Arilus cristatus (Wheel Bug).
Size: approx. 35 mm. Photo: 12/29/15, 1 pm.

This large assassin bug features a wheel-like structure on its back. Wheel bugs have a reputation of being vicious and engage in cannibalism. Their bite has been described as worse than stings from bees, wasps, or hornets. They also have a pair of orange-red scent sacs that can give off a pungent scent. Despite these shortcomings, wheel bugs are highly beneficial as they prey on various pest insects.  


Doldina interjungens.
Size: approx. 20-30 mm. Photo: 09/27/11, 11 pm.

Seemingly a very rare find. This assassin bug is Doldina interjungens. It came to the light of our living room window. It has a characteristically skinny body (aspect ratio 5.5-6) and long antennae. This specimen is likely an adult female. 
bug guide (this photo):
E. Bergroth, Entomol. News, 24, 263 (1913):

Melanolestes picipes (Black Corsair) ♂.
Size: approx. 18 mm. Photo: 04/14/15, 9 am.

The Black Corsair is a hunter of other insects. It is known to feed on May Beetles (Phyllophaga) attacking them from behind and holding on to the prey with the spongy pads on its legs. It can afflict painful bites to humans. Females are flightless.  
bug guide (this photo):

Pygolampis pectoralis ♀.
Size: approx. 15 mm. Photo: 05/01/12, 10 pm.

This assassin bug is Pygolampis pectoralis. It can be distinguished from the only other Pygolampis species in North America by the length of the first antennal segment. In P. pectoralis it is about twice as long (rather than approx. equally long) as the anteocular area (head area anterior to the eyes). 
bug guide (this photo):

Repipta taurus (Red Bull Assassin).
Size: approx. 10 mm. Photo: 04/19/12, 9 pm.

The Red Bull Assassin (Repipta taurus) can be easily confused with other assassin bugs such as Zelus longipes. A distinguishing mark are the projecting spines on the thorax of R. taurus. It can be found in the Eastern and Southeastern US as well as Texas.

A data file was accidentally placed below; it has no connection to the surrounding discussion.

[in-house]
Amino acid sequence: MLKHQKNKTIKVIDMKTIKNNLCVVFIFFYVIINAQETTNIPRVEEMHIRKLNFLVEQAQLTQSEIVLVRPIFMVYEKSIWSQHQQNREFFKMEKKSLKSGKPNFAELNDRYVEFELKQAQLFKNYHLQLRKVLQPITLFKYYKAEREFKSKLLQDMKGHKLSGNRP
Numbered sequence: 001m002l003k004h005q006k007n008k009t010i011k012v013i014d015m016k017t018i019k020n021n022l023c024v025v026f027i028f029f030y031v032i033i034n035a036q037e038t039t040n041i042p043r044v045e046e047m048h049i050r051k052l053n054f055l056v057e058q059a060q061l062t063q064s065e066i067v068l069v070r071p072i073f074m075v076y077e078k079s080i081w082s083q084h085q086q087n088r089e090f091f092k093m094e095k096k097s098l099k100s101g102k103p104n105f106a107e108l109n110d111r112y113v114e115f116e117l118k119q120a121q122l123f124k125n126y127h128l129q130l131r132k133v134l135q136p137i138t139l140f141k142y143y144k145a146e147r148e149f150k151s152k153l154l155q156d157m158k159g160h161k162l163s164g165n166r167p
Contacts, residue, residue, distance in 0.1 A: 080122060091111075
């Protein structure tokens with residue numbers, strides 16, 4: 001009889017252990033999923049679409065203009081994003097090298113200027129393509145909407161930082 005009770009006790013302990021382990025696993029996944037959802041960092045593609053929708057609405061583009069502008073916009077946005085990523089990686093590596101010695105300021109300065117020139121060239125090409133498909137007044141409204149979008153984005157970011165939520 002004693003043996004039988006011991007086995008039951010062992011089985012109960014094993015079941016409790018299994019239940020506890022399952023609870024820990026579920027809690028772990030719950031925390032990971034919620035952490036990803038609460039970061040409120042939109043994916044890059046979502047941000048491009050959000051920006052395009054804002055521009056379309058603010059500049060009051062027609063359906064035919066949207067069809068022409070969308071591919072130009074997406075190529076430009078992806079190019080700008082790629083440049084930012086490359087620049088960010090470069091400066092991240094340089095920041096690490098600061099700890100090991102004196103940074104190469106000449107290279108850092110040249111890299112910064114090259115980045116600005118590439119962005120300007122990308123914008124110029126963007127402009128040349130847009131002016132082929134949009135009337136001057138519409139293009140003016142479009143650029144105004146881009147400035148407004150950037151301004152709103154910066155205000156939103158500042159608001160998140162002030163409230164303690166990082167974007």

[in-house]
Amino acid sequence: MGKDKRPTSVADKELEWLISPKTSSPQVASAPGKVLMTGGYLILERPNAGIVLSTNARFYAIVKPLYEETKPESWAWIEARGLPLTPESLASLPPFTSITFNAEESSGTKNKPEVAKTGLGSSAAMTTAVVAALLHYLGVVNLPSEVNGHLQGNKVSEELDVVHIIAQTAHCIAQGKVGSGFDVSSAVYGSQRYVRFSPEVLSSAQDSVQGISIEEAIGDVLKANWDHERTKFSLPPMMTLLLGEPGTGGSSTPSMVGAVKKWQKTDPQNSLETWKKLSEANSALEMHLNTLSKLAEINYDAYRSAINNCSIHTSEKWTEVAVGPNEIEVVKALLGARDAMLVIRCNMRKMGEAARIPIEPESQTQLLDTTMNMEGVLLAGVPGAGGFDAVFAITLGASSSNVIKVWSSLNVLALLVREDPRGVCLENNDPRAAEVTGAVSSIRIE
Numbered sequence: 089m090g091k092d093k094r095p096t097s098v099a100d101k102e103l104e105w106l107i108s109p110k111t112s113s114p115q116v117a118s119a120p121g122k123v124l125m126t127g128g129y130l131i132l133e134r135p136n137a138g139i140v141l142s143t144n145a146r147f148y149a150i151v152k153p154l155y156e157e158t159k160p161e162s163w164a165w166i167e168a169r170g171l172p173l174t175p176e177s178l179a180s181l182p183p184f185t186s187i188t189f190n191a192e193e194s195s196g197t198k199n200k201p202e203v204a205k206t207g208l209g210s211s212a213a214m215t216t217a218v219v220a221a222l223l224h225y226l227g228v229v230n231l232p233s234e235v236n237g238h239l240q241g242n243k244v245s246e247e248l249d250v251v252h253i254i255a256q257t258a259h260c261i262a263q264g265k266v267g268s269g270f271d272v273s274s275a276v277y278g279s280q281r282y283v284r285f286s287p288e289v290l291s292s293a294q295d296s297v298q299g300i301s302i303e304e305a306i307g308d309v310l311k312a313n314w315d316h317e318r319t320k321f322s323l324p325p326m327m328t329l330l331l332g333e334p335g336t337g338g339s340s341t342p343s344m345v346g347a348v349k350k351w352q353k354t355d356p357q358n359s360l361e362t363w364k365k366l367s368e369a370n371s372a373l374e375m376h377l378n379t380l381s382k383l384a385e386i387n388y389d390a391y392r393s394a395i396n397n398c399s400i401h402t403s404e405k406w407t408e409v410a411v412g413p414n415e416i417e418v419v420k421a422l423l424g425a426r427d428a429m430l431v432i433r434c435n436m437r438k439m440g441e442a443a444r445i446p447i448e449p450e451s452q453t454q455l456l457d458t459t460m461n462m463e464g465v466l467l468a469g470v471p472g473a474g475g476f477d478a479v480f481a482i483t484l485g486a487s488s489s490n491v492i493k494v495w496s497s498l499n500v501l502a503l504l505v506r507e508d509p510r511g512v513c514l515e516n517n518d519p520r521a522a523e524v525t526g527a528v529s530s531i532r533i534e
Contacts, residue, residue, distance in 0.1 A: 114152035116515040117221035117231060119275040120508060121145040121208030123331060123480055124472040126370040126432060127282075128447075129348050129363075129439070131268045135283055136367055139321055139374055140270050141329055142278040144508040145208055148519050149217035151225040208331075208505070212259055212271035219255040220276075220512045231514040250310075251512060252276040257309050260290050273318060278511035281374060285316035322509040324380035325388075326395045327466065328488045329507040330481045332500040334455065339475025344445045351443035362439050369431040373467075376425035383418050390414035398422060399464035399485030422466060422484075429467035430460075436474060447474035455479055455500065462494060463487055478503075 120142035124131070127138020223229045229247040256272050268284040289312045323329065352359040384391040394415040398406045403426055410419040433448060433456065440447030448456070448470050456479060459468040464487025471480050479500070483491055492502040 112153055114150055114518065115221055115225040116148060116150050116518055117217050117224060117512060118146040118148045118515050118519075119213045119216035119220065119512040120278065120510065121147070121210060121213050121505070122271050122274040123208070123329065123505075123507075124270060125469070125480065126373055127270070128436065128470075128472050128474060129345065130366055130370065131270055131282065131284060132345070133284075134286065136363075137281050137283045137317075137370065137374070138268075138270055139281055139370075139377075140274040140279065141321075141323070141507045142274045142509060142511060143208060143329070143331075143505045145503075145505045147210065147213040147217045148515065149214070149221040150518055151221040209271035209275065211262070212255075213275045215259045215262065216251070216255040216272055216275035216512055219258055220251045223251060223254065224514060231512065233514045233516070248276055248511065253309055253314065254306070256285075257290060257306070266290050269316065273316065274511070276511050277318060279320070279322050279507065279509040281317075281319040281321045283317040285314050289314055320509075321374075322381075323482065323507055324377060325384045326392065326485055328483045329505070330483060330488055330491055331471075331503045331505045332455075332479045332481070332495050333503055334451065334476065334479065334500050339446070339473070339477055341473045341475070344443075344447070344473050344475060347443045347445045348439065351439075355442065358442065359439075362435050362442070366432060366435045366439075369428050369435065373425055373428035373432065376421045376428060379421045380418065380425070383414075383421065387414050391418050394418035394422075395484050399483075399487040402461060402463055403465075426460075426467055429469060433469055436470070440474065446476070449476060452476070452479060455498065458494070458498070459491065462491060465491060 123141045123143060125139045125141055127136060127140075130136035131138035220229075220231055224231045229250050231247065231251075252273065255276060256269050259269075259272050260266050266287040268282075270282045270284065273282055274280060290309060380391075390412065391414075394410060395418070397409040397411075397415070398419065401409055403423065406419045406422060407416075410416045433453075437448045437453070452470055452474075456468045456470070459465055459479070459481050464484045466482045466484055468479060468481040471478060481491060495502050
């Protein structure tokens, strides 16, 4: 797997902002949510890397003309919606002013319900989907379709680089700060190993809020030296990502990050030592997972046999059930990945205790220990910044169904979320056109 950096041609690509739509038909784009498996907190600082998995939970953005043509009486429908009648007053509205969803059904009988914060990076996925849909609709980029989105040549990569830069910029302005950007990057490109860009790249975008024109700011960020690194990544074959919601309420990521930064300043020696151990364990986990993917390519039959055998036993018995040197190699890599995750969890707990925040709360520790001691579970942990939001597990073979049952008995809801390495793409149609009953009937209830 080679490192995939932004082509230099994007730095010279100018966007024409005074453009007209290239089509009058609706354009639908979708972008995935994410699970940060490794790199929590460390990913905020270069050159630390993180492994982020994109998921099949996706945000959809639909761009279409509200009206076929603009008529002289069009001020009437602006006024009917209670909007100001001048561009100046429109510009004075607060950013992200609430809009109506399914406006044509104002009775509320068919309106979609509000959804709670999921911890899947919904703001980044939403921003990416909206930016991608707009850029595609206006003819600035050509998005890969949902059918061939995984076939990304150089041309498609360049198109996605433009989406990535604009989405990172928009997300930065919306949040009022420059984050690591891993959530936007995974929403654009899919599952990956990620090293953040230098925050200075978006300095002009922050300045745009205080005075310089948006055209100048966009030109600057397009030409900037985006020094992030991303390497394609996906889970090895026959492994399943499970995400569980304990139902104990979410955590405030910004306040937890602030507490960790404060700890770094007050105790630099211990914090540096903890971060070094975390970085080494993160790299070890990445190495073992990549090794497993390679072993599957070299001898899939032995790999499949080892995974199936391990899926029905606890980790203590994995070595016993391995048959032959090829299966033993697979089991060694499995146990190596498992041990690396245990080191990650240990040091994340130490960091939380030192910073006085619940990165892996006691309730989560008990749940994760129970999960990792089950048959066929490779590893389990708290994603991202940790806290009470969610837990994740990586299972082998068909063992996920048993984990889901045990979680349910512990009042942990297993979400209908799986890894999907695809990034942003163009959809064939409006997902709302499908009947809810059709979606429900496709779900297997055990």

bug guide (these photos):

Zelus longipes (Milkweed Assassin Bug) ♂.
Size: approx. 10-15 mm. Photo: 06/19/11, 1 pm.

This is a 'milkweed assassin bug' a.k.a. 'longlegged assassin bug' (Zelus longipes). It is a beneficial insect as it feeds on prey such as flies and mosquitoes. It is no threat to us but the 'bite' can cause a burning sensation lasting several days. Their size and color varies greatly. 
bug guide:

Zelus longipes (Milkweed Assassin Bug) ♀.
Size: approx. 10-15 mm. Photo: 01/01/70.

I believe this bug is a female of Zelus longipes. It's a mimicry of the large milkweed bug (Oncopeltus fasciatus). 
bug guide:

Zelus luridus (Pale Green Assassin Bug) - imm.
Size: approx. 10 mm. Photo: 06/15/14, 7 pm.

A nymph of the Pale Green Assassin Bug. The small photo shows the same specimen whereas the grown-up version is shown in the row below.  

bug guide:

Zelus luridus (Pale Green Assassin Bug).
Size: approx. 20 mm. Photo: 06/26/14, 7 pm.

Again, the Pale Green Assassin Bug but this time the mature version. This is the most common species of Zelus in the eastern US and uses sticky traps as a predation strategy, which is also common to other species in the genus Zelus. The sticky material is produced by a gland on the leg. This gland develops in the second instar. The small photos (09/29/18) show a different specimen. 

bug guide (this photo):

Zelus tetracanthus (Four-spurred Assassin Bug).
Photo: 06/16/15, 10 pm.

This long-legged assassin bug is probably Z. tetracanthus. It has the usual two spines on the shoulders (humeral) and in addition two spines on the top of the thorax. It is broadly distributed across the US. Citing from the second link: "Z. renardii is common in suburban and disturbed habitats in addition to certain natural areas, whereas Z. tetracanthus is usually restricted to natural areas. The behavioral comparison under laboratory conditions indicated that Z. renardii caught prey faster and that feeding duration in this species was shorter than in Z. tetracanthus." 
bug guide (this photo):
C. Weirauch et al. Florida Entomol. 95, 641, 2012: